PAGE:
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Historical precedent for the RIAA to consider

There was a really interesting post on Techdirt last week entitled History Repeats Itself: How The RIAA Is Like 17th Century French Button-Makers.  From the article, part of a quote from a book by Robert Heilbroner:

Shortly after the matter of cloth weaving has been disposed of, the button makers guild raises a cry of outrage; the tailors are beginning to make buttons out of cloth, an unheard-of thing. The government, indignant that an innovation should threaten a settled industry, imposes a fine on the cloth-button makers. But the wardens of the button guild are not yet satisfied. They demand the right to search people’s homes and wardrobes and fine and even arrest them on the streets if they are seen wearing these subversive goods.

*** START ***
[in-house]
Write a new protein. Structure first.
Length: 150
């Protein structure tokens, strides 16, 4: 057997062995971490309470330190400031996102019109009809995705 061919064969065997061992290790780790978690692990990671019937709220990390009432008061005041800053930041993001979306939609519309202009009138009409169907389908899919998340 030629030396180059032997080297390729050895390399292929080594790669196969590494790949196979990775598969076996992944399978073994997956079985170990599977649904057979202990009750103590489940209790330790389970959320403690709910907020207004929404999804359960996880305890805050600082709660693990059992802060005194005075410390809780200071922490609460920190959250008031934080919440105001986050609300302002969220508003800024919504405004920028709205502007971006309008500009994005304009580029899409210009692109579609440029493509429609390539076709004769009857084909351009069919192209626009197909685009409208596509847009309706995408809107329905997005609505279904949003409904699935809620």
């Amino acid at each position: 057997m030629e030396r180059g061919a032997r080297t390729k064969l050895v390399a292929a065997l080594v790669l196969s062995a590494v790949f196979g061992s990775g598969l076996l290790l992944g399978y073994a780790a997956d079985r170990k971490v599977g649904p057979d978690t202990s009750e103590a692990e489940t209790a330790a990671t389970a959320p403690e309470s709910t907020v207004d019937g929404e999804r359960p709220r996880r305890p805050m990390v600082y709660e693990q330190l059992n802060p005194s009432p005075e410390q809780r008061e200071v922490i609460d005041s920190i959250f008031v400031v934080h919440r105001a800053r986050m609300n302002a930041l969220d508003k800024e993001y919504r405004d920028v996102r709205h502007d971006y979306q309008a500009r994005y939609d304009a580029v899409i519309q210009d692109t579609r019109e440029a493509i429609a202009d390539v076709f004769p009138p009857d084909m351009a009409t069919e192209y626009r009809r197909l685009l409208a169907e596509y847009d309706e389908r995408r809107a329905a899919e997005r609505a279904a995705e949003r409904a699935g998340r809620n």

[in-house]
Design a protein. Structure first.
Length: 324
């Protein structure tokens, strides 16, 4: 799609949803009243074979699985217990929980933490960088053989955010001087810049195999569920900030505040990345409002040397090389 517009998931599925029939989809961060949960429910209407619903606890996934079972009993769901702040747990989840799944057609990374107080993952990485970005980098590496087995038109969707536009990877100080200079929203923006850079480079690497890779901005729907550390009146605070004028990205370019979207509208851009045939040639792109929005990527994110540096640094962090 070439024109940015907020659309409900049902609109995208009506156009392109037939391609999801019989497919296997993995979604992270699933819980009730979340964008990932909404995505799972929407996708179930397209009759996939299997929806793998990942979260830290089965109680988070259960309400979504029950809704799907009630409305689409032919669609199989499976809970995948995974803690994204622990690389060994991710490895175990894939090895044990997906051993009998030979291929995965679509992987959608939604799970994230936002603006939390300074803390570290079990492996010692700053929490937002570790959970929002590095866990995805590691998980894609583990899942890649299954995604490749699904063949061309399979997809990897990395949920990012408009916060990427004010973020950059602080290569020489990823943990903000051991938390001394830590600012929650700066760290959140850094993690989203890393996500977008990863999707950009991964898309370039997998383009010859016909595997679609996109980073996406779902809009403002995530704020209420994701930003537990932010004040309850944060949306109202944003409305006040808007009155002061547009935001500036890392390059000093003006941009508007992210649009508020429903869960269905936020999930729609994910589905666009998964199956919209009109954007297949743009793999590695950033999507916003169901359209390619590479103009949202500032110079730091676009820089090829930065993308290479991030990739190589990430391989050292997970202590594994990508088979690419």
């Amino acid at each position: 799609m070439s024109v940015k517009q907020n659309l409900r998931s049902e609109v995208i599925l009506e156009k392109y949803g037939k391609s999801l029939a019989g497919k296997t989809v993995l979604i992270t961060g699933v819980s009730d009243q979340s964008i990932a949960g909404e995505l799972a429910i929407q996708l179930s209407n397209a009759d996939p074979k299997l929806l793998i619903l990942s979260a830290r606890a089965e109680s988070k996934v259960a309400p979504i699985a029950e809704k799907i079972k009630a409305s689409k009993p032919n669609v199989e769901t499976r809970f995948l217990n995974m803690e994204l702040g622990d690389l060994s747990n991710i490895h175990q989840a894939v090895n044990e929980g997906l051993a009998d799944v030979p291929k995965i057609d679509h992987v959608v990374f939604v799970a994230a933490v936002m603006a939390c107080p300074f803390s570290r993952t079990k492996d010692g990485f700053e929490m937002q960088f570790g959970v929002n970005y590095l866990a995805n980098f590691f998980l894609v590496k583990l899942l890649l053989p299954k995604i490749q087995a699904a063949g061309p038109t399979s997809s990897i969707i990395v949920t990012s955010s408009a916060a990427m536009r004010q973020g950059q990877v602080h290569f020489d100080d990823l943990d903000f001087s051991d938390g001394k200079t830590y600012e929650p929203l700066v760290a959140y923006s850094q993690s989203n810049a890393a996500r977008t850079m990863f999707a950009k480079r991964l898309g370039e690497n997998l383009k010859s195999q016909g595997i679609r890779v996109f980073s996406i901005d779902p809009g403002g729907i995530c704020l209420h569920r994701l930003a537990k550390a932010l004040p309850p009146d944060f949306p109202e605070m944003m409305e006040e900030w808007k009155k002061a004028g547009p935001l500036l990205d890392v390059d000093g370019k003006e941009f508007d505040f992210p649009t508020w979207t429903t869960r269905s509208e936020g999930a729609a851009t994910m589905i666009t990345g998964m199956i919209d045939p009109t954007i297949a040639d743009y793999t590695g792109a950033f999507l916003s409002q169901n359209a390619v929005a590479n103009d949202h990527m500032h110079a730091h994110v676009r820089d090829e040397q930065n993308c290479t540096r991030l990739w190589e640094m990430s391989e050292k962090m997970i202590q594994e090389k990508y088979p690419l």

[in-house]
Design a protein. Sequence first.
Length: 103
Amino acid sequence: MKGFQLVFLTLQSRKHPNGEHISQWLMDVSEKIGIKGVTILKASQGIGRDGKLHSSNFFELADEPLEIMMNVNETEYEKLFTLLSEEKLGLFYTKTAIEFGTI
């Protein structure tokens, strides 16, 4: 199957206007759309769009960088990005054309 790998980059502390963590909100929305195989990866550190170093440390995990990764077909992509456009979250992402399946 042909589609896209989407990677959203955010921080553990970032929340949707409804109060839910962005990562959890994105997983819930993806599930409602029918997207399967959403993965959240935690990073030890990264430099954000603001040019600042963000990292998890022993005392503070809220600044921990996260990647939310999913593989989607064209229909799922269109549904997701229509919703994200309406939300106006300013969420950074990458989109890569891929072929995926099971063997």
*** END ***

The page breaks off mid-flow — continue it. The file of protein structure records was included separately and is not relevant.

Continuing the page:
The money quote from the post:

Requiring permission to innovate? Feeling entitled to search others’ property? Getting the power to act like law enforcement in order to fine or arrest
those who are taking part in activities that challenge your business
model? Don’t these all sound quite familiar? Centuries from now
(hopefully much, much sooner), the actions of the RIAA, MPAA and others
that match those of the weavers and button-makers of 17th century
France will seem just as ridiculous.

By the way, take a minute to follow the fine and arrest link.  It is from 2004, but instructive as to the way the RIAA thinks.

(via the Adam Smith Institute Blog

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